Mental illness — particularly depression — is second only to heart disease in its socioeconomic impact in our country, reports Susan Brooks of Asheville’s All Souls Counseling Center. “That includes lost work as well as dollars for medical care and medication,” she notes. “Depression that is untreated can lead to permanent disability, and there are so many things in our lives that cause us anxiety, depression or grieving.”
But in a time of escalating health-care costs and a fundamental retooling of the state’s mental-health infrastructure, many people aren’t getting the help they need. Accordingly, the nonprofit, nonsectarian center offers short-term counseling to uninsured and underinsured people who don’t qualify for publicly funded critical-needs care. Underinsureds include many people who have health insurance but whose high deductible or co-pay requirements put mental-health care out of reach.
Ever since state-mandated mental-health reform began in 2003, North Carolinians have been living with a system in flux. And though the recently dissolved Blue Ridge Center and its slowly coalescing replacements have been providing treatment for patients who are suicidal or who have chronic and persistent conditions (such as developmental disabilities, major depression, bipolar disorder and schizophrenia), these agencies don’t offer marital or family counseling, except for people in crisis.
“All Souls takes clients who are stable and able to take care of themselves and who need short-term help,” explains Brooks, the agency’s director. “And while some of the new community programs do offer similar counseling, at least on paper, it takes a long time for people to get in there. One difference between a community mental-health setting and a private one is that we can get people appointments in as little as two weeks.” Besides individual therapy, the center periodically offers such programs as women’s and men’s groups, marriage and family counseling, and children’s services. A support group for people dealing with depression will be launched soon. “We have a Buddhist therapist, Jewish therapists, ordained people who can do Christian counseling, and others who can relate to atheists and agnostics. We really do extend our services to all souls,” Brooks reveals. “And while our name came from the center’s beginning at the cathedral, we are a completely independent organization. We have no religious affiliation.”
The center set up shop nearly five years ago, the creation of local counselors Stephanie Citron and Michael Penland. Both parishioners at All Souls Cathedral in Biltmore Village, they were concerned about the lack of treatment options for people without resources. So they decided to create a counseling service modeled on St. Luke’s in Atlanta, where Citron had worked before moving to Western North Carolina.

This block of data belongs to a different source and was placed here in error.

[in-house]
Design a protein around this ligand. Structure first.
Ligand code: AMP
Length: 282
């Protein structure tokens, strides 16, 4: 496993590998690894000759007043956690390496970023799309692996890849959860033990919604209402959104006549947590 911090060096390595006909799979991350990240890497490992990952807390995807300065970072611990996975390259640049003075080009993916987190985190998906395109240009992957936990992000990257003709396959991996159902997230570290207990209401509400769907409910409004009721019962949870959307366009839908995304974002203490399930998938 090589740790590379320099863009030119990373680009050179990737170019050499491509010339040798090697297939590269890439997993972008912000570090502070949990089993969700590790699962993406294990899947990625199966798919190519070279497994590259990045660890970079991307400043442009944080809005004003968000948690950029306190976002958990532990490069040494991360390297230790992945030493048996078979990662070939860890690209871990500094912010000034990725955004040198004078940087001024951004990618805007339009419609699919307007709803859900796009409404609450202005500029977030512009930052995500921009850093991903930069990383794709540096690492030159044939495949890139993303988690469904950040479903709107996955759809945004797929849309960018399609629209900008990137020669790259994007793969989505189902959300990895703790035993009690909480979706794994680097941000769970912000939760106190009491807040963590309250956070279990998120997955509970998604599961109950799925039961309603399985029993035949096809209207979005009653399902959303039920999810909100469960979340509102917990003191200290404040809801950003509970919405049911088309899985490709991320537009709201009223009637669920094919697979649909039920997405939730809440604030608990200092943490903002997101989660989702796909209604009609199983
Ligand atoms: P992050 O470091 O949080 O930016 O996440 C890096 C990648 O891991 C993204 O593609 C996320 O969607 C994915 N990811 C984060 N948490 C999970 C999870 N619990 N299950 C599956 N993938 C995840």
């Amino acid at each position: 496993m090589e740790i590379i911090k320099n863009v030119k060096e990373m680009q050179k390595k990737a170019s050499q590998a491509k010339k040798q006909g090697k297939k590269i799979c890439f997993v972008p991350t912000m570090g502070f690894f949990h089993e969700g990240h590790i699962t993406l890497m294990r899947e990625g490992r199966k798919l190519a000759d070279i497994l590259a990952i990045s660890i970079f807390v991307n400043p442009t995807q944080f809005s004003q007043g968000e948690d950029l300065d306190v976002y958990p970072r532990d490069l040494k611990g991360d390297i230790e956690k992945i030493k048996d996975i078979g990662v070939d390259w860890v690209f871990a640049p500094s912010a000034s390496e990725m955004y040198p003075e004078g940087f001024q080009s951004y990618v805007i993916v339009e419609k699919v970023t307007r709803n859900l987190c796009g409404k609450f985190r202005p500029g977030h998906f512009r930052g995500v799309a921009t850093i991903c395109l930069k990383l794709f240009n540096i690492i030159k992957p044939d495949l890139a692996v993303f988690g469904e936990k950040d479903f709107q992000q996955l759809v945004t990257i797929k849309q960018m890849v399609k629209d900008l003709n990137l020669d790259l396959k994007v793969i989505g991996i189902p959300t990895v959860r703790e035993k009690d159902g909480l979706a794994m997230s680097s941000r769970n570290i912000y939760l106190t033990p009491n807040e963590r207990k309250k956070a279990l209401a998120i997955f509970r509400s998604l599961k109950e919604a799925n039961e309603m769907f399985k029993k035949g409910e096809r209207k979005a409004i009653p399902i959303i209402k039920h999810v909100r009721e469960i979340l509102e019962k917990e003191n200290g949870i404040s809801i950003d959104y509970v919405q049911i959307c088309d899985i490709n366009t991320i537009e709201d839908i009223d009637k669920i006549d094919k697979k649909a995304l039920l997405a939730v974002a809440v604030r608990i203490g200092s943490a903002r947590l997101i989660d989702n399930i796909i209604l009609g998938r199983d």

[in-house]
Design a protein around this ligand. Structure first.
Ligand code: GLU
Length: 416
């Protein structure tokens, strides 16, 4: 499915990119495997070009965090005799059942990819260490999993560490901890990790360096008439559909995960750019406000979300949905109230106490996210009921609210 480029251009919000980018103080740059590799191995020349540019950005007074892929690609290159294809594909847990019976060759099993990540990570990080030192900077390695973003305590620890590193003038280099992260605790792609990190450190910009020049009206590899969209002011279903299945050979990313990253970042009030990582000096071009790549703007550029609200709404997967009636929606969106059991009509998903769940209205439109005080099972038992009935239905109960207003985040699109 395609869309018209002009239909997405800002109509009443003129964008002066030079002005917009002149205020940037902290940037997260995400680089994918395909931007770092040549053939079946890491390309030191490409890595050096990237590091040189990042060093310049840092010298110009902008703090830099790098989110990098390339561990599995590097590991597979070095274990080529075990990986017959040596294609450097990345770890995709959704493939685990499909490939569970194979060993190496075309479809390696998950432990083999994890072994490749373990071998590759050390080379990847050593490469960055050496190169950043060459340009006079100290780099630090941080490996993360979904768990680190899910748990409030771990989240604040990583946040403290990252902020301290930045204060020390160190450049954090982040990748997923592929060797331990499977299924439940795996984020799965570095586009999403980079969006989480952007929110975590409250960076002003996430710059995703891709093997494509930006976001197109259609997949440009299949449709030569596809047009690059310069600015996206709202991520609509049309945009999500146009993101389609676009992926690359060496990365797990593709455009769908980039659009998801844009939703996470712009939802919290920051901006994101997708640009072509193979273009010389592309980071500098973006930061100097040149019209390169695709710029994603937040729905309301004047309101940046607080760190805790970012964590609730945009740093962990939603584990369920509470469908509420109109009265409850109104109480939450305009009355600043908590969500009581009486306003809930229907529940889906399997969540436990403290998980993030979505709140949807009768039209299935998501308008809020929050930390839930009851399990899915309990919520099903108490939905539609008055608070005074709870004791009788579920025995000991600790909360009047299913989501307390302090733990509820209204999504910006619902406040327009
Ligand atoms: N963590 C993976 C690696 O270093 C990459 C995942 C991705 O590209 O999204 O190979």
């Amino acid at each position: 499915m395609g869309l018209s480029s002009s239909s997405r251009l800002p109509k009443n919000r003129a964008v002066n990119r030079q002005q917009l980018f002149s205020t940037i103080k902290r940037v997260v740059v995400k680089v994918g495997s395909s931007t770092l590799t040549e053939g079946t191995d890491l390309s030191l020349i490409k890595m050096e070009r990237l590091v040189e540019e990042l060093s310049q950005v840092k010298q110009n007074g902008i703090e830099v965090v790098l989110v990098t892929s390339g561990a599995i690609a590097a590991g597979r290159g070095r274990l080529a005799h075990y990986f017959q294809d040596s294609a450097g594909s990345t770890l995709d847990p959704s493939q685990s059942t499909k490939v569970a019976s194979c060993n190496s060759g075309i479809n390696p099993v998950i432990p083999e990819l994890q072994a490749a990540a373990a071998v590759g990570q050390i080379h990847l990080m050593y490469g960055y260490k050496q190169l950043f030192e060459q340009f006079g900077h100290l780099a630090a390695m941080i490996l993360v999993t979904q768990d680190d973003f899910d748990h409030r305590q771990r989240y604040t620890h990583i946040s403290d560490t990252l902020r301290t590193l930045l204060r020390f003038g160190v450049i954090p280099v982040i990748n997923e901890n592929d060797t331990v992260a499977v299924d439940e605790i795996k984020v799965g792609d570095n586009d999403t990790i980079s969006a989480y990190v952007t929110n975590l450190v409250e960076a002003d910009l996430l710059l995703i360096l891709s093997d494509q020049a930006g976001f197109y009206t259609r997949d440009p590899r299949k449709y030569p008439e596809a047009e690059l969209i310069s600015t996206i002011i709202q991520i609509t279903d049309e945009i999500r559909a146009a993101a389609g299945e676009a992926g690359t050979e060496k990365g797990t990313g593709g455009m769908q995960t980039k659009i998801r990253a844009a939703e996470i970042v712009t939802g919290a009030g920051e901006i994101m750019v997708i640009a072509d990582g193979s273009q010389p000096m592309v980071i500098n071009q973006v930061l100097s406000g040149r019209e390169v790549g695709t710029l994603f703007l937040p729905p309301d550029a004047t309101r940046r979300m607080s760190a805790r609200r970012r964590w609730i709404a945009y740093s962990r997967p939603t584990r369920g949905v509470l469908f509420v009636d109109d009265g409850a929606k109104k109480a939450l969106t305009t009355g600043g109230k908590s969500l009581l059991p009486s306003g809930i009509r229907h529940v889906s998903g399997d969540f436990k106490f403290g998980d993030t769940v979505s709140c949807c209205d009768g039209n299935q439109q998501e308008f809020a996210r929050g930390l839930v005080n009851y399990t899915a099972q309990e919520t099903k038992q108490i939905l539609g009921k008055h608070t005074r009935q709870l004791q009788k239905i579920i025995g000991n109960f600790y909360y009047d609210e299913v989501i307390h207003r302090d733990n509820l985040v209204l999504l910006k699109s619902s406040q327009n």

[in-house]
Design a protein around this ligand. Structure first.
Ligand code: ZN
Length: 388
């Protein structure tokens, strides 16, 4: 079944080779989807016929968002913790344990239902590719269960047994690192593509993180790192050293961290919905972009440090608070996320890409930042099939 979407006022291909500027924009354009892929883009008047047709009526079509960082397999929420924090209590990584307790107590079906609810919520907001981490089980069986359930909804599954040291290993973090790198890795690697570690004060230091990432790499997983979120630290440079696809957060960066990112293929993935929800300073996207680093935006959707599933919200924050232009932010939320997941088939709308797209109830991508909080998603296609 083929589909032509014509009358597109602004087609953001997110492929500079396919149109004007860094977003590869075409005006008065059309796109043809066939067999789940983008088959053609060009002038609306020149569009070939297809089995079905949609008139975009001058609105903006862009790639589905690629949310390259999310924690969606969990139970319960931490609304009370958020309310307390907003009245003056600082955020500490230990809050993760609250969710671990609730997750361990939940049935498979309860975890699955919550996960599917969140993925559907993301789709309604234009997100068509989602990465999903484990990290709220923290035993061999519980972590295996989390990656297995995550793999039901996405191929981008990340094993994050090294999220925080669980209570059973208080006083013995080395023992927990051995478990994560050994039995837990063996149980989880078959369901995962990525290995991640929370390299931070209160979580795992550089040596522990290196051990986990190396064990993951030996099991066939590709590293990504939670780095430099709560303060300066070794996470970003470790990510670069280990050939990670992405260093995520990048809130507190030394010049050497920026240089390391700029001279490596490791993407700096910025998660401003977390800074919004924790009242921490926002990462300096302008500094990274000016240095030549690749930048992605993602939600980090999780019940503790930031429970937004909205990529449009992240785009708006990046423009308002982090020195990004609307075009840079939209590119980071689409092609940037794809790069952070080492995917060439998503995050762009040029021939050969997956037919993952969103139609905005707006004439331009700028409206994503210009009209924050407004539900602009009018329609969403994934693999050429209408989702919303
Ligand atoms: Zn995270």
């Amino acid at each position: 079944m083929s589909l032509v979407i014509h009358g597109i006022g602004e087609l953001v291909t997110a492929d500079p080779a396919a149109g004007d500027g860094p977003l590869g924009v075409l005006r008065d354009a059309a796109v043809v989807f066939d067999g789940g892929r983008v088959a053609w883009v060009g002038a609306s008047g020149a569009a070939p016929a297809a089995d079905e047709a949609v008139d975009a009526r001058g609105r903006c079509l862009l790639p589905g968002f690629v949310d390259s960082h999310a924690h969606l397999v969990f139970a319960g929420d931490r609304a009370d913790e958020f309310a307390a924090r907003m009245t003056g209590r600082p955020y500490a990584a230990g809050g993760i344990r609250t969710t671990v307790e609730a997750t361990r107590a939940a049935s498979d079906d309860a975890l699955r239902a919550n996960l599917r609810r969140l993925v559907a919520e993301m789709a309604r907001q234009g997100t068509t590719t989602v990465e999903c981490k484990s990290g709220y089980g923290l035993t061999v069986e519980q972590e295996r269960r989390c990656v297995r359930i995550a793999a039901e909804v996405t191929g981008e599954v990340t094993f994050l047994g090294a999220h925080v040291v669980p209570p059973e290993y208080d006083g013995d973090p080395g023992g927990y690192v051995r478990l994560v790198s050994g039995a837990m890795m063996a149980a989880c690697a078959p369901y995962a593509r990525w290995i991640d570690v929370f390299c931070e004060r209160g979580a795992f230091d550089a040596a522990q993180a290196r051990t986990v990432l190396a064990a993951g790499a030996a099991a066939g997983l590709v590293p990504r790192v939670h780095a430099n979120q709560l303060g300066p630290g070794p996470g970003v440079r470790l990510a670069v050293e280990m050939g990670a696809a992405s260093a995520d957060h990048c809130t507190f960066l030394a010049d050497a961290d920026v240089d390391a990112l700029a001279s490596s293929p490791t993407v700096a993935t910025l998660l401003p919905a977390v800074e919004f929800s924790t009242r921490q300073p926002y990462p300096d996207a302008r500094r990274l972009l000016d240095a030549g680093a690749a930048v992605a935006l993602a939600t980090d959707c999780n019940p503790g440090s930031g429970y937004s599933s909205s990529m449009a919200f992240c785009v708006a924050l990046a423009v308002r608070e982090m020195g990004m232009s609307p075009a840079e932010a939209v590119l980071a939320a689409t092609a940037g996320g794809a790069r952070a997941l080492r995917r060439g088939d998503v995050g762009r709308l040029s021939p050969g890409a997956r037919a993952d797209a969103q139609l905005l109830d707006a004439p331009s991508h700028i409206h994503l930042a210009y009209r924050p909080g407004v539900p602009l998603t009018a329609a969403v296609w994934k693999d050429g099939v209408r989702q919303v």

In 1999, the pair recruited a board of directors and began talking to other therapists about joining the effort. All Souls Counseling Center opened for business in October 2000 with just Citron and Penland providing counseling services. Since that time, the center has seen explosive growth; there are now 26 counselors and a psychiatrist under contract. “They are essentially volunteers,” notes Brooks. “They work for one-quarter to one-third of what they are paid in private practice or other positions, and do it as a form of public service.”
Besides providing therapy at the center, All Souls counselors work with local churches and agencies for the homeless; an All souls counselor visits both A-Hope and Hospitality House once a week, for example.
Services are offered on a sliding scale, and more than half the center’s clients pay $10 or less per session. Even so, client fees account for a substantial portion of the counseling center’s operating budget — more than $180,000 in 2004.
Initially, All Souls Cathedral contributed both startup funds and office space for therapy sessions (the center has since relocated to 33 Orange St. in Asheville). Current funding comes from United Way, the Mission Hospitals Foundation, the Sisters of Mercy and the KB Reynolds Charitable Trust. But foundation grants are often specifically targeted for the startup period, and like many nonprofits, the center faces financial challenges.
“We just sent out a mass mailing,” Brooks reports. “And just for fun, we included Oprah, Tiger Woods and Montel on the mailing list. There are people out there who care about people in other communities, and you never know.”
The center is also seeking funding for a full-time development director who would put together ongoing financial support. “We don’t have any shortage of clients,” says Brooks. “But eventually we will have to limit growth due to lack of funds.”